Vouvray

A regional wine from France’s Loire Valley dedicated to the production of wines from the Chenin Blanc grape; available in an array of styles from dry to sweet, and still to sparkling.

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Verdelho

This Portuguese native is one of the four key grapes used in the production of Madeira; it is found little elsewhere, though select Australian producers are making quality wines.

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Vermentino

Vermentino is an important white of Sardinia and Tuscany where producers offer both oaked and unoaked styles. It’s also one of the top white blending grapes included in Provence Rosé (labeled as Rolle).

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Viognier

A rich, oily white wine that originated in the Northern Rhône and is rapidly growing in popularity in California, Australia, and beyond. Wines are often age in oak to deliver Chardonnay-like richness.

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Viura

The most important white grape of Rioja where wines evolve over 10 or more years. In Catalonia, Viura is called Macabeo and is the primary blending grape in Cava sparkling wines.

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Vernaccia di San Gimignano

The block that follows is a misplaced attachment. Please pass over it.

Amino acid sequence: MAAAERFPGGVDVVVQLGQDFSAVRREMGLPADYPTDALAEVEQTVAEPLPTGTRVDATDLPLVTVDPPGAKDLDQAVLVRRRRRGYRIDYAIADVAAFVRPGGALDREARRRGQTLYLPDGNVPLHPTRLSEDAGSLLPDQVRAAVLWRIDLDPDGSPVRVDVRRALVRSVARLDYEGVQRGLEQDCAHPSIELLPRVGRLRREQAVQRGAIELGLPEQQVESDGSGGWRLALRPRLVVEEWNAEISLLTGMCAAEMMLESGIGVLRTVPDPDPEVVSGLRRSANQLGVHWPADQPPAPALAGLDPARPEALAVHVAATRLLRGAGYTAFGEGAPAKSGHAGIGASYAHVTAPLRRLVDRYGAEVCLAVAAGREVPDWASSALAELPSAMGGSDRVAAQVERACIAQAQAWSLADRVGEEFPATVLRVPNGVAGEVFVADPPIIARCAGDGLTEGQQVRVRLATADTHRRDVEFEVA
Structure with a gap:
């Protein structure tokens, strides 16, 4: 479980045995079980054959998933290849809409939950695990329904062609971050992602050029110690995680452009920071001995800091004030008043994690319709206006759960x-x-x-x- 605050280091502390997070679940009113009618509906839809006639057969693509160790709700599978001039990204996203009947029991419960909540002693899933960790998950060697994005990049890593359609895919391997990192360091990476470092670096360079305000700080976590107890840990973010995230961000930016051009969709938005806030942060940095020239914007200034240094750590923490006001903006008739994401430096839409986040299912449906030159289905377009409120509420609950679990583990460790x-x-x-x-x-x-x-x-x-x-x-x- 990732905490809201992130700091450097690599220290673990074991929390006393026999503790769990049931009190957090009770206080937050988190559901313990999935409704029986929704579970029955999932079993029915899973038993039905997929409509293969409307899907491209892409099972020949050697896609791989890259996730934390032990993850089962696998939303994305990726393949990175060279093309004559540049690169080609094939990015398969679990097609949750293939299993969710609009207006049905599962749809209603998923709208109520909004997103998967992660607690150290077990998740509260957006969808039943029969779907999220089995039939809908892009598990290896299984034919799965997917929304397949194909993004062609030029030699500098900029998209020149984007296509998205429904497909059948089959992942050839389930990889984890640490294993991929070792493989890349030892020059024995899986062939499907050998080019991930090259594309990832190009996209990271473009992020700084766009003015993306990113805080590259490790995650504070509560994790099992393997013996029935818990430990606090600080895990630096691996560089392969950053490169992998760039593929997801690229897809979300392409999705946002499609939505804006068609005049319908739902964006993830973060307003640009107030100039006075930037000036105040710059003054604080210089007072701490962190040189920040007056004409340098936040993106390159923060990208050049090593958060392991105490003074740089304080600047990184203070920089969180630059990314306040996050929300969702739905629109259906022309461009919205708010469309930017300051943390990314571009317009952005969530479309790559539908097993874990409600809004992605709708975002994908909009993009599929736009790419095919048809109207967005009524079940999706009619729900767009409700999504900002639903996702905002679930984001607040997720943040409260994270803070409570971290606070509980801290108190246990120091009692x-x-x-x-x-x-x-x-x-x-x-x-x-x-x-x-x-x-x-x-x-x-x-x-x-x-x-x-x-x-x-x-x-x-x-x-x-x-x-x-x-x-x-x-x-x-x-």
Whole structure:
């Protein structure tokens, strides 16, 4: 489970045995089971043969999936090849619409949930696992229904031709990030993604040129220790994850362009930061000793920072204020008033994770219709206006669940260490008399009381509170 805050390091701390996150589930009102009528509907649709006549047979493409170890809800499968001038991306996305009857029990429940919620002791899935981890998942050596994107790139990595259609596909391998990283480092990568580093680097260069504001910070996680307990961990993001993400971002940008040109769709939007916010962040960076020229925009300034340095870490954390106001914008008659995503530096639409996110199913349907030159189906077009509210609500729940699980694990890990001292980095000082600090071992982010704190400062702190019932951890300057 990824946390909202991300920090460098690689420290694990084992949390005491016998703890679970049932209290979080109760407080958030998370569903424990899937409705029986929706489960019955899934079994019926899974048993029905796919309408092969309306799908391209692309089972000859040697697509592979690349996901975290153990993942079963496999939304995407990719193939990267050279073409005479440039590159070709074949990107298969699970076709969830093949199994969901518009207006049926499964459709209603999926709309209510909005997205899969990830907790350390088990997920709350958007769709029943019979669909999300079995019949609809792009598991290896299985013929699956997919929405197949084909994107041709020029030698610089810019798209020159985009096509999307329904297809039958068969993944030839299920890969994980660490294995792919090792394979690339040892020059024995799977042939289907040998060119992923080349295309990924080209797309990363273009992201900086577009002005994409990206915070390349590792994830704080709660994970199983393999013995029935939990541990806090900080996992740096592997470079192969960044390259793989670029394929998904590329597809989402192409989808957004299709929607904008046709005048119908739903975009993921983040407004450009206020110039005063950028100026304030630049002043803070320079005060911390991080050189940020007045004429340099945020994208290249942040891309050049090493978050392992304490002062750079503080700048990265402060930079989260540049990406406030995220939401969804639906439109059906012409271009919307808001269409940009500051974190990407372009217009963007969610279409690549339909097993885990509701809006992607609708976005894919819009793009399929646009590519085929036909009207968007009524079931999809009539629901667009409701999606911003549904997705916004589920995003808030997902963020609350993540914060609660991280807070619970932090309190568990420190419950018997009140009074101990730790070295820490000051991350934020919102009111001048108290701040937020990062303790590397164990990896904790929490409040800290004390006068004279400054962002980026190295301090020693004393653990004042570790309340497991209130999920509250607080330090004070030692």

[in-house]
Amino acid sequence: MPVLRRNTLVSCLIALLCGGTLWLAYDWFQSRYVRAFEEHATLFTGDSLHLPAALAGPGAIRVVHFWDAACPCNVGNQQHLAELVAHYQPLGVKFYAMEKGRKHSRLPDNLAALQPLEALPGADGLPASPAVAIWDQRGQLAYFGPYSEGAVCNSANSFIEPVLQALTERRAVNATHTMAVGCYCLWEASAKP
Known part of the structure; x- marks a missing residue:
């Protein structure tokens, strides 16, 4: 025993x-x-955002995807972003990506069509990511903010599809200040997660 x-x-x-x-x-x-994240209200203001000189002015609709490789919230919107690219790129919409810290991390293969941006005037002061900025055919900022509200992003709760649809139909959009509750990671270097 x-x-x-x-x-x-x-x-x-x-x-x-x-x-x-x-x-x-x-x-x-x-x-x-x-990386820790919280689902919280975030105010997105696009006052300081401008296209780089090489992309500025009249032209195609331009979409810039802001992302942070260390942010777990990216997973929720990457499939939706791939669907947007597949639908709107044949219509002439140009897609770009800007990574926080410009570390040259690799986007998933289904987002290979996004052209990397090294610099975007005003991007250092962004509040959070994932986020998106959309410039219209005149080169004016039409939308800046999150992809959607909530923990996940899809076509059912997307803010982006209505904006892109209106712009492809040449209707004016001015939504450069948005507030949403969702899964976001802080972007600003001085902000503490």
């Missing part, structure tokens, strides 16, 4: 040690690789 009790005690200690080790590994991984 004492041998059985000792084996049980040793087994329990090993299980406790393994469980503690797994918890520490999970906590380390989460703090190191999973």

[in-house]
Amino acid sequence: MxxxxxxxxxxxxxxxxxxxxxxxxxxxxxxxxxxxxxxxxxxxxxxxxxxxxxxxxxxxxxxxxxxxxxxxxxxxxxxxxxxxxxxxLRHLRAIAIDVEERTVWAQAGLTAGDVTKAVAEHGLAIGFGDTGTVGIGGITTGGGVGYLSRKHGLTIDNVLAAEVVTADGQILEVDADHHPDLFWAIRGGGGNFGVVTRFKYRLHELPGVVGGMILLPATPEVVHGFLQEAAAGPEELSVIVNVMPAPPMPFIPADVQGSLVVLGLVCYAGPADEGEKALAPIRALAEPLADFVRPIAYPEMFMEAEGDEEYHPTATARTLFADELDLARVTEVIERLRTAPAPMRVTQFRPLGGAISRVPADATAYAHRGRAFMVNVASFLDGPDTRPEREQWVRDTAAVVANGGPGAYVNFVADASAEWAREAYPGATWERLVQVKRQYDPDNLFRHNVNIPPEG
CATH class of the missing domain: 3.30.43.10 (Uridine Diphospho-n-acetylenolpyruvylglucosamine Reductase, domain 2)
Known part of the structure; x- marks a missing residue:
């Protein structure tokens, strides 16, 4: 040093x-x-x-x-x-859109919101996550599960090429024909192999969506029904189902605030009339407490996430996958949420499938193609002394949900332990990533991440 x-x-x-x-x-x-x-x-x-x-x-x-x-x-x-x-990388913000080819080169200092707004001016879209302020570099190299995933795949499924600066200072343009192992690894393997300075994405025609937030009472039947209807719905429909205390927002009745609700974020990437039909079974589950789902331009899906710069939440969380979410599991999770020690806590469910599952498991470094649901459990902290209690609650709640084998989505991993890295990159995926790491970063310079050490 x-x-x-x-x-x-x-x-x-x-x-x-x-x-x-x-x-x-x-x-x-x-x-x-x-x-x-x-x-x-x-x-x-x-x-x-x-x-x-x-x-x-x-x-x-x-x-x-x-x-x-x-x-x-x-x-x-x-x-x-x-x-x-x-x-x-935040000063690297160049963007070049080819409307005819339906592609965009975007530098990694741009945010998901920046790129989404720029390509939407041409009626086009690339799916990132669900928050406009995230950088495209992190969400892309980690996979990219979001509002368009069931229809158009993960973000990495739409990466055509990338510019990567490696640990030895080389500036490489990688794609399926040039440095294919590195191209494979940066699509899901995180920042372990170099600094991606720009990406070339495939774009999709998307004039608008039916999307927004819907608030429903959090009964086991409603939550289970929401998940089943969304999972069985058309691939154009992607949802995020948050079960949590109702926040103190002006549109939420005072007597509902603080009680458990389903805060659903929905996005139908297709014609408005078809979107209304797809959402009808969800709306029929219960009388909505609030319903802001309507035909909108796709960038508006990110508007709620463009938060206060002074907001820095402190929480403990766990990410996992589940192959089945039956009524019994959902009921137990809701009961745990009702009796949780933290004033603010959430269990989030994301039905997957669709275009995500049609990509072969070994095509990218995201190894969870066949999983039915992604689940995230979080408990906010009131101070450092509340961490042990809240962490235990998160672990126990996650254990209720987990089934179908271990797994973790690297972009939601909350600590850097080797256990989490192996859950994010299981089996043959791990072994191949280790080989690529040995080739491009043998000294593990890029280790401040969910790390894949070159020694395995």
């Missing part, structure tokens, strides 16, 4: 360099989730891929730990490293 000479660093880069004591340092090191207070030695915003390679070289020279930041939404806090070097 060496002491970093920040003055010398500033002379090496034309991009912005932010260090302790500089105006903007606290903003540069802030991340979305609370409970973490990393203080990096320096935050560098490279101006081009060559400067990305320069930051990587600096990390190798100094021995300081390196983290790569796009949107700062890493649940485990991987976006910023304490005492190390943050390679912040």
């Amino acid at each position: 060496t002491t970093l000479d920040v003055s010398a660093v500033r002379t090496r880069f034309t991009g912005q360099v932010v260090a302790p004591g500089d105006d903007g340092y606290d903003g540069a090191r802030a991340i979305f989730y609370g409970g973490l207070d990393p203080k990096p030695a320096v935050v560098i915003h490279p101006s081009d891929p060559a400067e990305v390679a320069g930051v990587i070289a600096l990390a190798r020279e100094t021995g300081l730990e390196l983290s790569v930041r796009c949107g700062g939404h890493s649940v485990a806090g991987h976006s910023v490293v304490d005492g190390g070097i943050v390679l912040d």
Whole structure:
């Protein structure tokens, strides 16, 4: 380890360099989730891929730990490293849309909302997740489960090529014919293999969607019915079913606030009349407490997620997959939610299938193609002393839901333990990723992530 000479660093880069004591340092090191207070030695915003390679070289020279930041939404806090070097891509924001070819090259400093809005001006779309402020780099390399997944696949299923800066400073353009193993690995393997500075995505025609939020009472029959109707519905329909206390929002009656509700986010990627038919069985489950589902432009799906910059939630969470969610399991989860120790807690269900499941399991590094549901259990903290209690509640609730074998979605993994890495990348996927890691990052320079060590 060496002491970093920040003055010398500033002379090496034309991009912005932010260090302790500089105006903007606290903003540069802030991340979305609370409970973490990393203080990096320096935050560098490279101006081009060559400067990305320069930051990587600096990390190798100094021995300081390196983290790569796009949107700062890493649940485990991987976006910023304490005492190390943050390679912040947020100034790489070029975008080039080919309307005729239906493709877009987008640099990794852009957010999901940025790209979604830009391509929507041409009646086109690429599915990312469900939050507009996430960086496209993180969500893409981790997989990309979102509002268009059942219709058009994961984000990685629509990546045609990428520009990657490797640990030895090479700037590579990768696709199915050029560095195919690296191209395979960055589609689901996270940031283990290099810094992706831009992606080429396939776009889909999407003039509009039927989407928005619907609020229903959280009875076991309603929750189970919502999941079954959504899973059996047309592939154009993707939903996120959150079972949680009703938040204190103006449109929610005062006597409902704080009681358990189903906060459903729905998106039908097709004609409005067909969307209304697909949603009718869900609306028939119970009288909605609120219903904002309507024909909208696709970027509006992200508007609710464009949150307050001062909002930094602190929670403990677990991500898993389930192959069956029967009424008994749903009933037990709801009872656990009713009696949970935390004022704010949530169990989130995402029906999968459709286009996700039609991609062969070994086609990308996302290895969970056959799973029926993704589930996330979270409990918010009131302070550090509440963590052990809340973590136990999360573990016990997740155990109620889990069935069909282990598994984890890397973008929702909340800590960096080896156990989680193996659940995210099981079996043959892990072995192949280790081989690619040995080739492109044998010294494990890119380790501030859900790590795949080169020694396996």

Hailing from Tuscany, this white grape is also the varietal in the Tuscan regional wine with the same name. Wines are bright, citrusy and crisp, and lend a slight bitter note on the finish.

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Vin Jaune

A rare, oxidized French white with bizarrely unique aromas. Occassionally, you’ll find it used in cooking where it adds an indescrible nutty taste to classic French dishes.

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Sémillon

An important white grape of Bordeaux, including the prized dessert wine, Sauternes. Wines can be surprisingly rich and when oaked, can taste similar to Chardonnay.

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Trebbiano Toscano

One of the top wine grapes of Italy and France (where it’s called Ugni Blanc). That said, you’d never realize it because Trebbiano is mostly used in brandy and balsamic vinegar production!

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Sancerre

A regional wine from the Loire Valley of central France. Wines are mostly Sauvignon Blanc (and very rarely: Pinot Noir). Sauvignon Blanc is exceptionally lean and textured from Sancerre’s chalky soils.

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